Bhatner Fort History:
The Bhatner fort is situated at Hanumangarh district (jila, जिला) in Rajasthan, India, about 419 km northwest of Jaipur, Capital of Rajasthan, along the old Multan-Delhi route and 230 km north-east of Bikaner. The old name of Hanumangarh was Bhatner, which means “fortress of the Bhati”. Amazingly, it is believed to be 1700 years old, it is considered to be one of the oldest forts of India.
It was built by Bhupat in 253AD. He was son of the king Bhati of Jaisalmer. They were Bhati Rajputs. The history says that king Bhupat had lost the battle against the Sultan of Ghazni, and he took shelter in the jungle around the Ghaggar River. There, he constructed this great fort for himself which was named as ‘Bhatner’. The entire fort is built of bricks. It covers an area of about 23 Acres.
Therefore, Bhatner fort is about 1700 years old. It is considered to be one of the oldest Forts of India. It is situated in Hanumangarh, Sri Ganganagar in Rajasthan. The Old name of Hanumangarh was Bhatner which means ‘Fortress of Bhatti’. It is perhaps the most neglected and least visited fort of India.
Location of the Fort
It has been a symbol of Rajput grandeur throughout history. The fort rests over a Thed, an elevated land on the bank of the ancient Sarasvati (Ghaggar) river. It lies about 419 kms northwest of Jaipur and 230 kms northeast of Bikaner. Going by historical records, the fort had acquired a status symbol and withstood numerous invasions.
How to reach Hanumangarh
Hanumangarh is about 350 KM from Delhi. The best way to go to Hanumangarh is by Train. You can go by a Cab or a bus also. You can book your train ticket by using the Make My Trip Coupon Code. There are Make My Trip Bus Coupons.
Many Historians wrote about Bhatner
This formidable fort has been mentioned in his writings by Chinese traveler Huen Tsang, by Timur in his autobiography ‘Tuzuk -e-Timuri’ and also by Mughal Emperor Akbar in his book ‘Ain-i-Akbari’. Its strategic location on the Delhi-Multan route attracted many Muslim raiders. It was also referred to as ‘Tabarhind’ or outer gate of Hind.
How the Name ‘Hanumangarh was given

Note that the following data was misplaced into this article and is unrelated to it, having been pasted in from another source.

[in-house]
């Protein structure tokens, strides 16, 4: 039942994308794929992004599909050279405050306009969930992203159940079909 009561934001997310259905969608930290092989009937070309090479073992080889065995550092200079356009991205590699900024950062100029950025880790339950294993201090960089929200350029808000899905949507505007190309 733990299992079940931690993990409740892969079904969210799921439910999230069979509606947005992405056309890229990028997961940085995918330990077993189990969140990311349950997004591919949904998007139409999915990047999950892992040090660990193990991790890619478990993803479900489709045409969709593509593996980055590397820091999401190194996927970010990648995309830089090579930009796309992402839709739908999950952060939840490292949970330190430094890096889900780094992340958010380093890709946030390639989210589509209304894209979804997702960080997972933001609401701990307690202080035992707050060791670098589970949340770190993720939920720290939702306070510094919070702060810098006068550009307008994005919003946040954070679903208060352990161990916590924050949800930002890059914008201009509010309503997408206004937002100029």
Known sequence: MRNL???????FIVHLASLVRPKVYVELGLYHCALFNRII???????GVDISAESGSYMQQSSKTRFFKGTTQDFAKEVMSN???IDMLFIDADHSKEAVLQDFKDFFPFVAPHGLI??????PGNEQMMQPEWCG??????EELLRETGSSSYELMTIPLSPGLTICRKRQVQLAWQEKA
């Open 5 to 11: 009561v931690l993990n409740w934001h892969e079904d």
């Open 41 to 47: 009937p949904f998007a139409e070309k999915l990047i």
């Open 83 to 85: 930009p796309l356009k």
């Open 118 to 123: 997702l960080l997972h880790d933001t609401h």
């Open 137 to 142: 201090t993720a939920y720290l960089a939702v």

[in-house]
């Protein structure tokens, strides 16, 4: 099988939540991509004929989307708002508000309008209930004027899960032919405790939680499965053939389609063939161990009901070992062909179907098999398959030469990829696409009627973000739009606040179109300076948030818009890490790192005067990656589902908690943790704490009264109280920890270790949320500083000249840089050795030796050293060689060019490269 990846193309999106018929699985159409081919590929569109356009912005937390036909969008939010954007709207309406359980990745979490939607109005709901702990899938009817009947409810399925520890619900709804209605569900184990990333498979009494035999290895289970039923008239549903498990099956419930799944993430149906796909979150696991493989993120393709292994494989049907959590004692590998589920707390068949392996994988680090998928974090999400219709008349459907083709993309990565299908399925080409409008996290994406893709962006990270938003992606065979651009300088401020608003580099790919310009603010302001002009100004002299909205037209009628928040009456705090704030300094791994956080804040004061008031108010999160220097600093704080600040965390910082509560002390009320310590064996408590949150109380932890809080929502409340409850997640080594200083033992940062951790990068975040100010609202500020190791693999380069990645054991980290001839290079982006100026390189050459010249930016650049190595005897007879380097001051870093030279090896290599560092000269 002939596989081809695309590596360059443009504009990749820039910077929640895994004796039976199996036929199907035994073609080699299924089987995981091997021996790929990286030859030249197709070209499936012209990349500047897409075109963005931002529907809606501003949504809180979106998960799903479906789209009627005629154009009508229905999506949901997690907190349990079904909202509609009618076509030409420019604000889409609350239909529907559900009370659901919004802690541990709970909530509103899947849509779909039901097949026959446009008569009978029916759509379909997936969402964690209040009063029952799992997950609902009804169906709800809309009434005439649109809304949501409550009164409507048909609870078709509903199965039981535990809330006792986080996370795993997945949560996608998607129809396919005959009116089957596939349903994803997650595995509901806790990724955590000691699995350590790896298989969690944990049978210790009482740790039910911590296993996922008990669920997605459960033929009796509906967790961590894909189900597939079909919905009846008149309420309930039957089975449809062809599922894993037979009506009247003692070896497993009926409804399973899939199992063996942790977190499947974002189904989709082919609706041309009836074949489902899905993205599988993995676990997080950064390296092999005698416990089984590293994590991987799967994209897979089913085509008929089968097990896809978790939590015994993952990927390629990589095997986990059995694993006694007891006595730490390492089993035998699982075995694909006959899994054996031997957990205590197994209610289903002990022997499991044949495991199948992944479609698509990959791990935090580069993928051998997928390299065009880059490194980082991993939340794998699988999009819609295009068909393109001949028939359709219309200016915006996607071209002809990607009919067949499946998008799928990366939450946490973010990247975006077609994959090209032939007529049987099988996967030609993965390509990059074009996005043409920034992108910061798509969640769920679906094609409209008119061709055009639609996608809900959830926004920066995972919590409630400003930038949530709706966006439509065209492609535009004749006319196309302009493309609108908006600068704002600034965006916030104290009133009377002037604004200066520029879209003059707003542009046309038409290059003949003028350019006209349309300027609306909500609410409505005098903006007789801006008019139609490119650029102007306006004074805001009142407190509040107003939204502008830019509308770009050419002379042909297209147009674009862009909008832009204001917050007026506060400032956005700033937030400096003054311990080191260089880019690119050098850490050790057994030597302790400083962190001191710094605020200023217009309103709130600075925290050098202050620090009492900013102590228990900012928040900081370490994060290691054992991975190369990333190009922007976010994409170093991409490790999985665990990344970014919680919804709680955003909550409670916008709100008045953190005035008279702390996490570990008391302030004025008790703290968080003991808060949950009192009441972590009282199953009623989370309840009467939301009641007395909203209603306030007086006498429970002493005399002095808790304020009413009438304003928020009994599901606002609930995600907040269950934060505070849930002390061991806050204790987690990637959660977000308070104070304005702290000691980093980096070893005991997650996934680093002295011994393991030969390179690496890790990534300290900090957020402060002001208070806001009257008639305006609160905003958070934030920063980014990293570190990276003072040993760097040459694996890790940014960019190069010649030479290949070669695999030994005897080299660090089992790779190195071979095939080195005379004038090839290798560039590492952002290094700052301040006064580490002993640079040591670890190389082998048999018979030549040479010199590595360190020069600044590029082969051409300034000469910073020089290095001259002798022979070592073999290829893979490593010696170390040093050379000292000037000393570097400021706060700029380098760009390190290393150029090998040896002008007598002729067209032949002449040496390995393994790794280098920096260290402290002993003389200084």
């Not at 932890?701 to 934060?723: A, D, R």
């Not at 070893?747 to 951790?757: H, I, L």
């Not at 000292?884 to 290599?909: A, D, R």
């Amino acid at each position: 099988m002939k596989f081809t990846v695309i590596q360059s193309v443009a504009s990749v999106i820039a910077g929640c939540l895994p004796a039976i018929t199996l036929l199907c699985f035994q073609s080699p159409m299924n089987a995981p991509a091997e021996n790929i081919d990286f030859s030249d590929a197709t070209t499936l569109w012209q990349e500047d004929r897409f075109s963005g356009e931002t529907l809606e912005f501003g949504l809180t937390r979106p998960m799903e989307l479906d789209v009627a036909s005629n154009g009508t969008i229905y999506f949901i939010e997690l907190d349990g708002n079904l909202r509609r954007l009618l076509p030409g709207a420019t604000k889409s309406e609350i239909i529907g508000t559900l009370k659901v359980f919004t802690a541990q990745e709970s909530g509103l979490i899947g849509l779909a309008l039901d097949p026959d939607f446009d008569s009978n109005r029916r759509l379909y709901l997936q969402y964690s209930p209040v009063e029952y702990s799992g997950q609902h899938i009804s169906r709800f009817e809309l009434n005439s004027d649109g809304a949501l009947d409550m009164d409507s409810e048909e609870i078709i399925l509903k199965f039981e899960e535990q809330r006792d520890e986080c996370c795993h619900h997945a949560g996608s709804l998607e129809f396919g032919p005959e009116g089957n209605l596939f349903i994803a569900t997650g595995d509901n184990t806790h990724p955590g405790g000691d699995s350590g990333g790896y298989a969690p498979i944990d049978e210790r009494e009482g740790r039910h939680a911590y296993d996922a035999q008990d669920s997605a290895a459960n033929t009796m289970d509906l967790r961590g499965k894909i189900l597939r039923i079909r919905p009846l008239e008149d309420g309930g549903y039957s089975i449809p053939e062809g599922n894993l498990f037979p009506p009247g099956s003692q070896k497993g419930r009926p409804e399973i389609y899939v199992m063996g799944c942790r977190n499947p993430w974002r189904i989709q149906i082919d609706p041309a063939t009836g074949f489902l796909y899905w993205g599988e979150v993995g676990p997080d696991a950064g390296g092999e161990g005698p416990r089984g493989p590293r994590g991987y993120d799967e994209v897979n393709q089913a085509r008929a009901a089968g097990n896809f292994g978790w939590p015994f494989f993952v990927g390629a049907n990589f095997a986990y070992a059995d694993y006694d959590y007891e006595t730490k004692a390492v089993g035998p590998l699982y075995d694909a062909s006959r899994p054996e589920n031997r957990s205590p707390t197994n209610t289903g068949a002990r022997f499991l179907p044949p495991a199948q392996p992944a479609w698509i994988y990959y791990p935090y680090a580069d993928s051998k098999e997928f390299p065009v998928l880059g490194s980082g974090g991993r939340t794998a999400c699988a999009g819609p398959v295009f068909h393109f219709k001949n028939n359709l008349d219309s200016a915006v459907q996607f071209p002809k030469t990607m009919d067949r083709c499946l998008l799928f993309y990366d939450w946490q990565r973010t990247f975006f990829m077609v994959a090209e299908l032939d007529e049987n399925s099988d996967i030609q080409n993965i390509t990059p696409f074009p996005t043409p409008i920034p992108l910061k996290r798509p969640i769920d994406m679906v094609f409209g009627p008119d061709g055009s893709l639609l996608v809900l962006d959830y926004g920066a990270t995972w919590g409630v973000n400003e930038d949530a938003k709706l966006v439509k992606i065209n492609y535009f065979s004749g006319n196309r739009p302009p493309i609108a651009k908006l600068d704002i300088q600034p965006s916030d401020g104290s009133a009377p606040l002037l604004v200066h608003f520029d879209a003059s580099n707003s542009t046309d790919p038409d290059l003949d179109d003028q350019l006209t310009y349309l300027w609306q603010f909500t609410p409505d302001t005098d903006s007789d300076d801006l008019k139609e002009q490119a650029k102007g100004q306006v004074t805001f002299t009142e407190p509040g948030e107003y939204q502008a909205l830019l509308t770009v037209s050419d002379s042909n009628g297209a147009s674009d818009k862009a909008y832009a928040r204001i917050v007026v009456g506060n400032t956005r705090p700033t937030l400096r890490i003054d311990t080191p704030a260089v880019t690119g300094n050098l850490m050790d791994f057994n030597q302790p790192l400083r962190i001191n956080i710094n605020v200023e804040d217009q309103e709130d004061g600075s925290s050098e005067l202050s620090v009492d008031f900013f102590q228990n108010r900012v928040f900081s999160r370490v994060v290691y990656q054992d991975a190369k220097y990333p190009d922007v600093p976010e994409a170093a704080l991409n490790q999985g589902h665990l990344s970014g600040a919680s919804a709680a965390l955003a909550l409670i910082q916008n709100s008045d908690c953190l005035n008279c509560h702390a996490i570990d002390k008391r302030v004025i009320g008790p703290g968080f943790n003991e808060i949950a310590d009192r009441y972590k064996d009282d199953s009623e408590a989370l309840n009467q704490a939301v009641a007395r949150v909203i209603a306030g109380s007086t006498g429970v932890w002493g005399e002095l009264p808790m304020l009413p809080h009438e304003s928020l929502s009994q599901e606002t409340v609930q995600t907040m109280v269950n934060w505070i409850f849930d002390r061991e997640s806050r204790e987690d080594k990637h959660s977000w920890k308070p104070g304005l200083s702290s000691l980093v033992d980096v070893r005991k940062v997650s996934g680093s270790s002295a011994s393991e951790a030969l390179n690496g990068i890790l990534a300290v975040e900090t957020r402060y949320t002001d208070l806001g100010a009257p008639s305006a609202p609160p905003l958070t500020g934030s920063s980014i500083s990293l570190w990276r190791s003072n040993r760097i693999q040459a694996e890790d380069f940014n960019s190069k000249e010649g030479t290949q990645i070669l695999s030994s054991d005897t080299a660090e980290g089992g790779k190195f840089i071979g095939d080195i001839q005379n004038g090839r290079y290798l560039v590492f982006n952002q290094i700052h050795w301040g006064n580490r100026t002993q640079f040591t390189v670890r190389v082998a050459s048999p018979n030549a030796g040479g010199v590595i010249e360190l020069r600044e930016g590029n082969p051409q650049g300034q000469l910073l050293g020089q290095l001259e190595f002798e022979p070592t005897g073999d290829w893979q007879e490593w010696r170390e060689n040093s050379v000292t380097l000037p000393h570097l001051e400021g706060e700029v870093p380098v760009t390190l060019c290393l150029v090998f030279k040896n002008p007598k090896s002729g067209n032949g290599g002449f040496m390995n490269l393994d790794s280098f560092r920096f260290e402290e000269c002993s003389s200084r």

The fort was given its new name ‘Hanumangarh’ in 1805 by Maharaja Surat Singh of Bikaner Maharaja Surat Singh captured it on a holy day of Hindus the ‘Tuesday’. It is the day of Hindu God, Hanuman. That is why the name ‘Hanumangarh’ was given to this fort.
Many Temples are built inside
One look at the erstwhile massive monument is enough to fill you with awe as to its original magnificence. The gigantic barricades, towering gates, rounded bastions, the fine bricks, 52 huge reservoirs or kunds for storing rainwater, the well thought of drainage system are beyond description. Every brick testifies its history. On the inside are many small temples dedicated to Lord Hanuman, Lord Shiva, and Karni Mata. There three statues with some inscriptions, the ‘Jain Pasara’.
There is an ancient building and the tomb of Sher Khan, the nephew of Sultan Ghiyas-ud-din-Balban. Records also tell about a secret tunnel.
The Magnificent Fort needs attention
Historically invincible, this formidable fort of yore is today, ironically gasping for life. All that remains is brick shanties, dilapidated in parts, near ruins in others.
Overall a dismal monument mutely witnessing its crumbling ramparts. No doubt some repair and renovation work has been done from time to time, but it is not enough. Visitors get disappointed. However, a walk through the gardens can be quite pleasant and peaceful.
For the locals, it is a great place for morning/evening walks. Many can be seen engaged in yoga practice also during the wee hours.
Though not strongly recommended for a detour, yet, you might just lift up the soul of the fort with your visit. After all, it has played its part heroically!